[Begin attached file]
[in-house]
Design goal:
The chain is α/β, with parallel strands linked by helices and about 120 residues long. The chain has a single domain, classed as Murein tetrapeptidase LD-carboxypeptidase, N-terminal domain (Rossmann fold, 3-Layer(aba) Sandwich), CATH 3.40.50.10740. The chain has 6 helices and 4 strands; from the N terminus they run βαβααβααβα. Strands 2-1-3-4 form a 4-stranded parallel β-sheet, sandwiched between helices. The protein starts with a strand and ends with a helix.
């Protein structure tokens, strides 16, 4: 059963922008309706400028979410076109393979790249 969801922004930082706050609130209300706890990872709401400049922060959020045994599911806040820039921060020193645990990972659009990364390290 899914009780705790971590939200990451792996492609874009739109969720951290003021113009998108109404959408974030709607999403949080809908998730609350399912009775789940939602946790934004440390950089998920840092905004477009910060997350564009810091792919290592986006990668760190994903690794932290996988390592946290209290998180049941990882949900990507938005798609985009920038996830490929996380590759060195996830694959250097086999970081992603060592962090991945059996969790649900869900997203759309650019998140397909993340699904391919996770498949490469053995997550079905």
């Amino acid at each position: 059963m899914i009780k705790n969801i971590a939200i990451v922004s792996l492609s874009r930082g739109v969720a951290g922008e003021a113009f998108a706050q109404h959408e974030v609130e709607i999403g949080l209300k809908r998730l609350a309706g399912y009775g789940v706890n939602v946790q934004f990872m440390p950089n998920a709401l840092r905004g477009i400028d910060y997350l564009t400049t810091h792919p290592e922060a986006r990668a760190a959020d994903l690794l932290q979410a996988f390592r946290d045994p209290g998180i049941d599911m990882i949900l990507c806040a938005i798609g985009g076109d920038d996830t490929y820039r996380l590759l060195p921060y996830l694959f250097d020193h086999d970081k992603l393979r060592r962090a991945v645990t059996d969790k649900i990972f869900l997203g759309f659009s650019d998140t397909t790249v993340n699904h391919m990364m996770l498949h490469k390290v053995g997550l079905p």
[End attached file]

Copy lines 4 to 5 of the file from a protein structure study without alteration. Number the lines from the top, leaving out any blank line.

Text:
């Protein structure tokens, strides 16, 4: 059963922008309706400028979410076109393979790249 969801922004930082706050609130209300706890990872709401400049922060959020045994599911806040820039921060020193645990990972659009990364390290 899914009780705790971590939200990451792996492609874009739109969720951290003021113009998108109404959408974030709607999403949080809908998730609350399912009775789940939602946790934004440390950089998920840092905004477009910060997350564009810091792919290592986006990668760190994903690794932290996988390592946290209290998180049941990882949900990507938005798609985009920038996830490929996380590759060195996830694959250097086999970081992603060592962090991945059996969790649900869900997203759309650019998140397909993340699904391919996770498949490469053995997550079905």
């Amino acid at each position: 059963m899914i009780k705790n969801i971590a939200i990451v922004s792996l492609s874009r930082g739109v969720a951290g922008e003021a113009f998108a706050q109404h959408e974030v609130e709607i999403g949080l209300k809908r998730l609350a309706g399912y009775g789940v706890n939602v946790q934004f990872m440390p950089n998920a709401l840092r905004g477009i400028d910060y997350l564009t400049t810091h792919p290592e922060a986006r990668a760190a959020d994903l690794l932290q979410a996988f390592r946290d045994p209290g998180i049941d599911m990882i949900l990507c806040a938005i798609g985009g076109d920038d996830t490929y820039r996380l590759l060195p921060y996830l694959f250097d020193h086999d970081k992603l393979r060592r962090a991945v645990t059996d969790k649900i990972f869900l997203g759309f659009s650019d998140t397909t790249v993340n699904h391919m990364m996770l498949h490469k390290v053995g997550l079905p």